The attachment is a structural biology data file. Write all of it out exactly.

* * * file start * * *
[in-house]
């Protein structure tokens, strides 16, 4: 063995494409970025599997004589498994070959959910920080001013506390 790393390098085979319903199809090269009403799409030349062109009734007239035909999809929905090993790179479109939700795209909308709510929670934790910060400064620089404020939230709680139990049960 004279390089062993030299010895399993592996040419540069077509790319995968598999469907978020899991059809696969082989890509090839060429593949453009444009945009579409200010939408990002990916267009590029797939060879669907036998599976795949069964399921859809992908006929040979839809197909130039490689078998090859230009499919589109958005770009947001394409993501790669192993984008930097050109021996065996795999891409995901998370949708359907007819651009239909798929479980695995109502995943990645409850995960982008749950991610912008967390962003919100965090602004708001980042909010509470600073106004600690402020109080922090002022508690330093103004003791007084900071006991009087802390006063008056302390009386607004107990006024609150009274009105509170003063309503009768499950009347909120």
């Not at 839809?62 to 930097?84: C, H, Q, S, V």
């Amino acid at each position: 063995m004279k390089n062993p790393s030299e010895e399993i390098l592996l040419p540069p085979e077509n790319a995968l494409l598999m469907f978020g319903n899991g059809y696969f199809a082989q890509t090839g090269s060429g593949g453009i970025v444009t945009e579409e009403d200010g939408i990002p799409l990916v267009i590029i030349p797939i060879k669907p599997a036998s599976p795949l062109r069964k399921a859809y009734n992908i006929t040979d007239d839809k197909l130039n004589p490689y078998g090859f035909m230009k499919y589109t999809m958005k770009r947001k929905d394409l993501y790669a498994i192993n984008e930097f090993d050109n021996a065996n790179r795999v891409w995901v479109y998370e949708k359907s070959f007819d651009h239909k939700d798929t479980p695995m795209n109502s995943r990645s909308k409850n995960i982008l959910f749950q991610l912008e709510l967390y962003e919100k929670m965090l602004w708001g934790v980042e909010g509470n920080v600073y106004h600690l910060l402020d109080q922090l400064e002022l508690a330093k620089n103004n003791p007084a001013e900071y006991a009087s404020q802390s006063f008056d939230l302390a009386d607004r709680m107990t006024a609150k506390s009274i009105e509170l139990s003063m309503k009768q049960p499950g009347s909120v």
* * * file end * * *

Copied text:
[in-house]
């Protein structure tokens, strides 16, 4: 063995494409970025599997004589498994070959959910920080001013506390 790393390098085979319903199809090269009403799409030349062109009734007239035909999809929905090993790179479109939700795209909308709510929670934790910060400064620089404020939230709680139990049960 004279390089062993030299010895399993592996040419540069077509790319995968598999469907978020899991059809696969082989890509090839060429593949453009444009945009579409200010939408990002990916267009590029797939060879669907036998599976795949069964399921859809992908006929040979839809197909130039490689078998090859230009499919589109958005770009947001394409993501790669192993984008930097050109021996065996795999891409995901998370949708359907007819651009239909798929479980695995109502995943990645409850995960982008749950991610912008967390962003919100965090602004708001980042909010509470600073106004600690402020109080922090002022508690330093103004003791007084900071006991009087802390006063008056302390009386607004107990006024609150009274009105509170003063309503009768499950009347909120």
């Not at 839809?62 to 930097?84: C, H, Q, S, V």
């Amino acid at each position: 063995m004279k390089n062993p790393s030299e010895e399993i390098l592996l040419p540069p085979e077509n790319a995968l494409l598999m469907f978020g319903n899991g059809y696969f199809a082989q890509t090839g090269s060429g593949g453009i970025v444009t945009e579409e009403d200010g939408i990002p799409l990916v267009i590029i030349p797939i060879k669907p599997a036998s599976p795949l062109r069964k399921a859809y009734n992908i006929t040979d007239d839809k197909l130039n004589p490689y078998g090859f035909m230009k499919y589109t999809m958005k770009r947001k929905d394409l993501y790669a498994i192993n984008e930097f090993d050109n021996a065996n790179r795999v891409w995901v479109y998370e949708k359907s070959f007819d651009h239909k939700d798929t479980p695995m795209n109502s995943r990645s909308k409850n995960i982008l959910f749950q991610l912008e709510l967390y962003e919100k929670m965090l602004w708001g934790v980042e909010g509470n920080v600073y106004h600690l910060l402020d109080q922090l400064e002022l508690a330093k620089n103004n003791p007084a001013e900071y006991a009087s404020q802390s006063f008056d939230l302390a009386d607004r709680m107990t006024a609150k506390s009274i009105e509170l139990s003063m309503k009768q049960p499950g009347s909120v």